Figure 10 is a fragmentary vertical sectional view of a modified form of apex construction and illustrating an apex cap;

Figure 11 is a top plan view of the apex ring and hoop utilized in Figure 10;

Figure 12 is a view of another modified apex construction utilizing an appendix duct;

Figure 13 is a fragmentary top plan view of the modification of Figure 12;

Figure 14 is a fragmentary elevational view of a balloon appendix constructed acording to the instant invention;

Figure 15 is a view similar to Figure 14 but showing a modified form of construction;

Figure 16 is a fragmentary view showing in vertical section an elevation, 21 modified clamp for an appendix load line; and

Figure 17 is a vertical sectional view showing another modified clamp for an appendix load line.

The balloon embodying this invention is shown in Figure 1 and comprises an envelope 20 having an appendix end 21 and. an apex end 22, which comprise the terminal portions of the balloon.

Throughout the specification the terms apex end and appendix end will be used to designate the terminal portions of the balloon. The term apex end is to be understood as meaning that portion of the balloon which is designed to be or normally is the leading end of the balloon in flight or ascension and the appendix end is designed to be or normally is the trailing end of the balloon in flight or ascension. While historically the apex end of the balloon has been closed and the appendix end of the balloon has been the place at which inflation occurs, these terms will not be so limited throughout this application, for this invention is intended to be utilized with balloons which are inflated at their appendix, at their apex, or otherwise.

Also historically, the terminal portion of a balloon designated as the apex end is somewhat rounded and the terminal portion of the balloon designated as the appendix end is tapered since the conventional balloon is a' spheroid and resembles substantially the shape of a light bulb; but this invention is not limited to those configurations of balloon and balloons of other configuration, such as spherical, cigar shape, etc., may be used, within the spirit and scope of this invention.

The envelope in this instance comprises a plruality of gores extending generally in a direction from the apex to the appendix end of the balloon. Each of the gores 23 is of the envelope is positioned a substantially non-extensible reinforcing tape 30. As shown in Figure 1, the tape extends from the apex end 22 of the balloon to the appendix end 21 and has a portion 31 extending beyond the terminal end 28 of the gores and interior of the skirt 29 to a load supporting ring 32. At the apex end-of the balloon the tape 30 is provided with a doubled back end 33 forming a loop around an O-ring 35 of clamp 3-4.

The loops formed by the doubling back of ends 33 are anchored to the O-ring 35 of clamp 34 by cooperation of an annular T-plate 36 and a cap 37 drawn tightly into communication therewith by a cap screw 38. The tapes 30 are each unsecured to the junctures 24 throughout portions 39 extending from point 40 on the periphery of the envelope 20. The locus of all points 41) in this instance substantially forms a circle, although in some instances, it need not necessarily form a circle.

While the junctures 24 are usually provided by turning into cooperating abutment the edges of gores 23 and heatsealing them together, and the tapes 30 are usually heatsealed over the junctures, this is not necessarily so and the tapes could be adhesively secured to the junctures, the gores could be otherwise secured, etc., to provide the substantially gas-proof envelope of the balloon.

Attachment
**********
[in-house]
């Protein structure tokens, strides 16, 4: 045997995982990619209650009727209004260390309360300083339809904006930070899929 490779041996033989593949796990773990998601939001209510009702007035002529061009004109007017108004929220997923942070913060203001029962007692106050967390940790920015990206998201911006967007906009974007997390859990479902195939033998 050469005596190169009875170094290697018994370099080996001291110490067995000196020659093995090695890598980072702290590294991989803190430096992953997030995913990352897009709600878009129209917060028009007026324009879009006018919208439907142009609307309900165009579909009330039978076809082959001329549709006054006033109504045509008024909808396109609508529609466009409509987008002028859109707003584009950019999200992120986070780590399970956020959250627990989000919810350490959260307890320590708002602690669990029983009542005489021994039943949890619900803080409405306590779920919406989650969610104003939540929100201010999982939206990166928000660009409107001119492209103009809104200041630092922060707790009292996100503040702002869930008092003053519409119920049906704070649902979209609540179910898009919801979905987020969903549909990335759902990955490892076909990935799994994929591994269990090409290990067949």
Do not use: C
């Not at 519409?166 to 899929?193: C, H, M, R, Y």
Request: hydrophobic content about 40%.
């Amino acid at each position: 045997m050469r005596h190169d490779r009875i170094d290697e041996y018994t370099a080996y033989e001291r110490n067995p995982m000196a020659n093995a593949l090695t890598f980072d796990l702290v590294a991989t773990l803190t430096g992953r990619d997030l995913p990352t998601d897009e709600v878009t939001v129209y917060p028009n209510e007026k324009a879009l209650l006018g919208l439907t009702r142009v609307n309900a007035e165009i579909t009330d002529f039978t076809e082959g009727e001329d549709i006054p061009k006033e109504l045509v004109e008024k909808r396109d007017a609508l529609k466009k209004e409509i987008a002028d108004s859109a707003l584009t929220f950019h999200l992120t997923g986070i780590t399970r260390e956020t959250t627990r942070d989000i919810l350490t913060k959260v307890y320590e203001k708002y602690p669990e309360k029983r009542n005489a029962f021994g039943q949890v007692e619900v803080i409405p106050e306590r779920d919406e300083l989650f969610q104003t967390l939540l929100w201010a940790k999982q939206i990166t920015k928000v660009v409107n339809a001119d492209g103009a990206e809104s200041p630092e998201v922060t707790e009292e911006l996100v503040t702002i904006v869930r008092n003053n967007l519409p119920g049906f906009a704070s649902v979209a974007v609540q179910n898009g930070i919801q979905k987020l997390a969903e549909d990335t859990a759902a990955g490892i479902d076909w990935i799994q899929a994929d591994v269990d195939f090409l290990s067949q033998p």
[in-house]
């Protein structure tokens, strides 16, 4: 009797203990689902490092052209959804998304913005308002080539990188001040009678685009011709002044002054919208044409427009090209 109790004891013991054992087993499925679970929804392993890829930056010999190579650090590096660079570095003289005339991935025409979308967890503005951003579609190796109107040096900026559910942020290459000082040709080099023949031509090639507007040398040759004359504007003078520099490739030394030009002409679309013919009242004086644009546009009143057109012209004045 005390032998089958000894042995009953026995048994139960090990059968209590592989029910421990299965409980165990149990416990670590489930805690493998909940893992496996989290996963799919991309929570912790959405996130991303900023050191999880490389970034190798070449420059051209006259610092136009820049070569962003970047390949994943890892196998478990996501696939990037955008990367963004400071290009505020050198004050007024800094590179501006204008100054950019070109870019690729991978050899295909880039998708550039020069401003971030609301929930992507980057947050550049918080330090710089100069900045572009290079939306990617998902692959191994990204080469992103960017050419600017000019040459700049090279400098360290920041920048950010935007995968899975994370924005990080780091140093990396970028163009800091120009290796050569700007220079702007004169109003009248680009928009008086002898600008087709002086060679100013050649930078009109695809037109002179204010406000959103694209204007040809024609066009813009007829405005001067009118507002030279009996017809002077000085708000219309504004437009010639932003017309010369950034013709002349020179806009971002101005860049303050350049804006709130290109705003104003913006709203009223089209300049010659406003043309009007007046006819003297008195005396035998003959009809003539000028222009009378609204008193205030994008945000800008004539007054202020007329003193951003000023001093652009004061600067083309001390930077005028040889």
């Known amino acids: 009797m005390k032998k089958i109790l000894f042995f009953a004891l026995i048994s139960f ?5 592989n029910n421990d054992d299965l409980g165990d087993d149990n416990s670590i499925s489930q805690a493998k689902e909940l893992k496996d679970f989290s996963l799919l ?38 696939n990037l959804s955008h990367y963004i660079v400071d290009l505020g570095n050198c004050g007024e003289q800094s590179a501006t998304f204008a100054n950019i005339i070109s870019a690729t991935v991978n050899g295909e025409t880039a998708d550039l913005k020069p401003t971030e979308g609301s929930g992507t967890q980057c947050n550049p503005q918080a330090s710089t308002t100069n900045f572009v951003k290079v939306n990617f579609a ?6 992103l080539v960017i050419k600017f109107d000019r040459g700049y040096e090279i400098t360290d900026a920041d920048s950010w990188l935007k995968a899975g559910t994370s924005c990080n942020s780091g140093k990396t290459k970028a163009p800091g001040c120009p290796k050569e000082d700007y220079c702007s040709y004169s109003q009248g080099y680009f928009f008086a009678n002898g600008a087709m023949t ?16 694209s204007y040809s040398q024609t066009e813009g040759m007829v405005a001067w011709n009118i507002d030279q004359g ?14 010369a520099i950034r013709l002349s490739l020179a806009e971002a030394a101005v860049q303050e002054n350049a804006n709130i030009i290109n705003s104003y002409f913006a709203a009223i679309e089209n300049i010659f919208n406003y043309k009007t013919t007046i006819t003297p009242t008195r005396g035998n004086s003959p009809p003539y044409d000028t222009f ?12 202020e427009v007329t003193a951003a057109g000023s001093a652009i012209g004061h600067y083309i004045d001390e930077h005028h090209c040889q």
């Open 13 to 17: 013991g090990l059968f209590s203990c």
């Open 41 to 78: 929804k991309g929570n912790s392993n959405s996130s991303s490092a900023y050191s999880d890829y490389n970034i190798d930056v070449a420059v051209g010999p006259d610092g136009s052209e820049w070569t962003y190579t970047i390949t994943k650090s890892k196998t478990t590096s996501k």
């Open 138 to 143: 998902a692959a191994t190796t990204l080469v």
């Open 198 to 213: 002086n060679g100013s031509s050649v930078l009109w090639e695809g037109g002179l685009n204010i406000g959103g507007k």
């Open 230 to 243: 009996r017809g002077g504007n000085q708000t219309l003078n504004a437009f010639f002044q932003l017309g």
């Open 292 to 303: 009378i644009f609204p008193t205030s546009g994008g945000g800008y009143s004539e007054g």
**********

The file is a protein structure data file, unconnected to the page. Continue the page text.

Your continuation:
The apex clamp 46 shown in Figure 3 comprises a conical annular clamp member 41 around which the turned ends 33 of the tapes 30 may be positioned, the conical clamp member 41 cooperating with a frustoconical male member 42 having a central aperture through which the shank 43 of an eye-bolt 44 is positioned. The eye-bolt 43 is provided with an integral cap 45 which abuts snugly against the turned ends 33 of the tapes 30 as shown and the drawing up of nut 47 on the threaded end of shank 43 serves securely to engage the conical outer surface of male member 42 with the conical inner surface of clamp 41 to tightly position the tapes as shown in Figure 3. The eye of the bolt 44 may be used to attach tie down harness, etc.

In the form of apex clamp shown in Figure 4, there is provided a core 48 having an eye-screw 49 afiixed thereto. A cooperating hoop 50 is provided about which the ends 33 of tape 30 is doubled, the core then positioned so that its annular shoulder is interior of the hoop 50 and a clamp 51 is positioned between the hoop 50 and the flared end 52 of the core and drawn tightly to frictionally engage the tape 30 and double end 33 against the shoulder of the core 48.

In Figure 5, the apex clamp has been replaced by an apex hoop or ring 53 to which the ends of the tapes 3% are tied, forming knots 54, instead of being doubled back as when the apex clamps of Figures 2-4 are used. Any suitable knot may be used to securely tie the ends of the tapes 30 to the ring 53.

Regardless of whether the clamps of Figures 3 and 4, i

or the ring of Figure 5 is used, as shown best in Figures 6 and 7, the tapes 30 are to such a length throughout their free portion extending from point 40 as to cause the portionsSS of the gores 23 adjacent the apex of the bal- 1 loon to bulge as shown in Figure 6 when the balloon is inflated. This is accomplished by providing these unsecured portions with an extension less than the normally inflated extension of the junctures of adjacent gores 23. In other words the tapes 30, were deliberately shortened throughout the portion unattached to the balloon envelope in order to provide an excess of slack balloon material at this point. The clamping arrangements utilized or rings make it possible to adjust the tapes individually to precise desired lengths.

By shortening the tapes at the apex end, excessive stressing of the balloon film or envelope at the apex is avoided fromthe gas pressure inside. Thus, the tapes are shortened, resulting in bulges 55 between the tapes which allows the use of much greater gas pressures or lighter balloon films or a combination of the two.